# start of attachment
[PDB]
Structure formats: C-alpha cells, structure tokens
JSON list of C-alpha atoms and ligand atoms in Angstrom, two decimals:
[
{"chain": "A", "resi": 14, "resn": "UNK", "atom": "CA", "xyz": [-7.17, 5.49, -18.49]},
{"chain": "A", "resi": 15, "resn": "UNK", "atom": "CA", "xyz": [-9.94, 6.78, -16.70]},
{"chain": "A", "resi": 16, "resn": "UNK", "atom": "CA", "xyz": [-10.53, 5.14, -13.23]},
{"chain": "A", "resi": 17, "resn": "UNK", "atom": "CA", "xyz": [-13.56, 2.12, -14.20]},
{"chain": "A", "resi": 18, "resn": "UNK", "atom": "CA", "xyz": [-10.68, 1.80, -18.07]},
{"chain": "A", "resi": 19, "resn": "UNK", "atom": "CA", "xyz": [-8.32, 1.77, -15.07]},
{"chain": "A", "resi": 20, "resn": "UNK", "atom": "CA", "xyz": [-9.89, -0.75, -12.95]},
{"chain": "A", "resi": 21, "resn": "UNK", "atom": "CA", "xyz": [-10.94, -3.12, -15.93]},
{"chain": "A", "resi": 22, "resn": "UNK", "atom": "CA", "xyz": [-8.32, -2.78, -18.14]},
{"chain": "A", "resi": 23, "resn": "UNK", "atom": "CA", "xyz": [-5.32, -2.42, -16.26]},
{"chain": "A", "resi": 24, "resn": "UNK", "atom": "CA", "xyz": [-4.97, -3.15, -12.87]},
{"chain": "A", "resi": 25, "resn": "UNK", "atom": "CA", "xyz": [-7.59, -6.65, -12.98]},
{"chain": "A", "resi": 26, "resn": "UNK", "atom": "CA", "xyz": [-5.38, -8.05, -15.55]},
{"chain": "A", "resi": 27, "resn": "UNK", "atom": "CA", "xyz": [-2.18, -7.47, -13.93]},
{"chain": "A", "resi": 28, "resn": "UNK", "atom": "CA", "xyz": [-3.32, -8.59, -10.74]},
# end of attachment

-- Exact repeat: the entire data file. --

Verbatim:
[PDB]
Structure formats: C-alpha cells, structure tokens
JSON list of C-alpha atoms and ligand atoms in Angstrom, two decimals:
[
{"chain": "A", "resi": 14, "resn": "UNK", "atom": "CA", "xyz": [-7.17, 5.49, -18.49]},
{"chain": "A", "resi": 15, "resn": "UNK", "atom": "CA", "xyz": [-9.94, 6.78, -16.70]},
{"chain": "A", "resi": 16, "resn": "UNK", "atom": "CA", "xyz": [-10.53, 5.14, -13.23]},
{"chain": "A", "resi": 17, "resn": "UNK", "atom": "CA", "xyz": [-13.56, 2.12, -14.20]},
{"chain": "A", "resi": 18, "resn": "UNK", "atom": "CA", "xyz": [-10.68, 1.80, -18.07]},
{"chain": "A", "resi": 19, "resn": "UNK", "atom": "CA", "xyz": [-8.32, 1.77, -15.07]},
{"chain": "A", "resi": 20, "resn": "UNK", "atom": "CA", "xyz": [-9.89, -0.75, -12.95]},
{"chain": "A", "resi": 21, "resn": "UNK", "atom": "CA", "xyz": [-10.94, -3.12, -15.93]},
{"chain": "A", "resi": 22, "resn": "UNK", "atom": "CA", "xyz": [-8.32, -2.78, -18.14]},
{"chain": "A", "resi": 23, "resn": "UNK", "atom": "CA", "xyz": [-5.32, -2.42, -16.26]},
{"chain": "A", "resi": 24, "resn": "UNK", "atom": "CA", "xyz": [-4.97, -3.15, -12.87]},
{"chain": "A", "resi": 25, "resn": "UNK", "atom": "CA", "xyz": [-7.59, -6.65, -12.98]},
{"chain": "A", "resi": 26, "resn": "UNK", "atom": "CA", "xyz": [-5.38, -8.05, -15.55]},
{"chain": "A", "resi": 27, "resn": "UNK", "atom": "CA", "xyz": [-2.18, -7.47, -13.93]},
{"chain": "A", "resi": 28, "resn": "UNK", "atom": "CA", "xyz": [-3.32, -8.59, -10.74]},